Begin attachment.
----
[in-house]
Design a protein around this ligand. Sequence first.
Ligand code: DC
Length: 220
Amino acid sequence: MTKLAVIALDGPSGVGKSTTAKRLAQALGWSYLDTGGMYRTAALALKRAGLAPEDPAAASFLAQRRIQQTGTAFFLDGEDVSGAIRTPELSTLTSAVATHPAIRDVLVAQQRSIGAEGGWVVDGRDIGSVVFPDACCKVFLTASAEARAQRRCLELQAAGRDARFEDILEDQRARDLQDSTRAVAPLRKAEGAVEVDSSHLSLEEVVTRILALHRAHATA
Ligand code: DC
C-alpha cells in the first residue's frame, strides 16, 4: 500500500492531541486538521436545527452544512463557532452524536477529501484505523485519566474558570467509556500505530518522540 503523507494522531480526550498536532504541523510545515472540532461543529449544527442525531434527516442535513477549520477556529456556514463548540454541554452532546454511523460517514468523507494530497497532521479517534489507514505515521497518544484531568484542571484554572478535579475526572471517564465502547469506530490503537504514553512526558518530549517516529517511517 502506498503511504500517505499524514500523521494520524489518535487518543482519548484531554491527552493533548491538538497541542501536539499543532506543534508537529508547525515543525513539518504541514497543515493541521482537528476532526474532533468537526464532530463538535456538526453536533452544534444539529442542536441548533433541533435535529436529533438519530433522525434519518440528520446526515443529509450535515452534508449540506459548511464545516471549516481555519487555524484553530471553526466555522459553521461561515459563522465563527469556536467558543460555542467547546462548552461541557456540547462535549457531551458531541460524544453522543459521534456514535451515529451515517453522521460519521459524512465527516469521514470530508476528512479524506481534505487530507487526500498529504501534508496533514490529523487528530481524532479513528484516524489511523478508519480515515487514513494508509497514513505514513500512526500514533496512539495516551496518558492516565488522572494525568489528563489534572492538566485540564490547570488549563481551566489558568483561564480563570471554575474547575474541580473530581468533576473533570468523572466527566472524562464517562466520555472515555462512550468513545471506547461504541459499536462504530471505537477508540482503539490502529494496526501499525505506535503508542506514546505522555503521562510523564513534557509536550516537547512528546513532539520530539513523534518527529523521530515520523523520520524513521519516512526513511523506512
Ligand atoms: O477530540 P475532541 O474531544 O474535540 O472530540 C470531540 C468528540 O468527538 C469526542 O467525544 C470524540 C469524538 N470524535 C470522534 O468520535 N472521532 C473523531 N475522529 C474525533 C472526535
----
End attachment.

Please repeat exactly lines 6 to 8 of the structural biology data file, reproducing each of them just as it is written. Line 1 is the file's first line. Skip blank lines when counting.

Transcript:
Ligand code: DC
C-alpha cells in the first residue's frame, strides 16, 4: 500500500492531541486538521436545527452544512463557532452524536477529501484505523485519566474558570467509556500505530518522540 503523507494522531480526550498536532504541523510545515472540532461543529449544527442525531434527516442535513477549520477556529456556514463548540454541554452532546454511523460517514468523507494530497497532521479517534489507514505515521497518544484531568484542571484554572478535579475526572471517564465502547469506530490503537504514553512526558518530549517516529517511517 502506498503511504500517505499524514500523521494520524489518535487518543482519548484531554491527552493533548491538538497541542501536539499543532506543534508537529508547525515543525513539518504541514497543515493541521482537528476532526474532533468537526464532530463538535456538526453536533452544534444539529442542536441548533433541533435535529436529533438519530433522525434519518440528520446526515443529509450535515452534508449540506459548511464545516471549516481555519487555524484553530471553526466555522459553521461561515459563522465563527469556536467558543460555542467547546462548552461541557456540547462535549457531551458531541460524544453522543459521534456514535451515529451515517453522521460519521459524512465527516469521514470530508476528512479524506481534505487530507487526500498529504501534508496533514490529523487528530481524532479513528484516524489511523478508519480515515487514513494508509497514513505514513500512526500514533496512539495516551496518558492516565488522572494525568489528563489534572492538566485540564490547570488549563481551566489558568483561564480563570471554575474547575474541580473530581468533576473533570468523572466527566472524562464517562466520555472515555462512550468513545471506547461504541459499536462504530471505537477508540482503539490502529494496526501499525505506535503508542506514546505522555503521562510523564513534557509536550516537547512528546513532539520530539513523534518527529523521530515520523523520520524513521519516512526513511523506512
Ligand atoms: O477530540 P475532541 O474531544 O474535540 O472530540 C470531540 C468528540 O468527538 C469526542 O467525544 C470524540 C469524538 N470524535 C470522534 O468520535 N472521532 C473523531 N475522529 C474525533 C472526535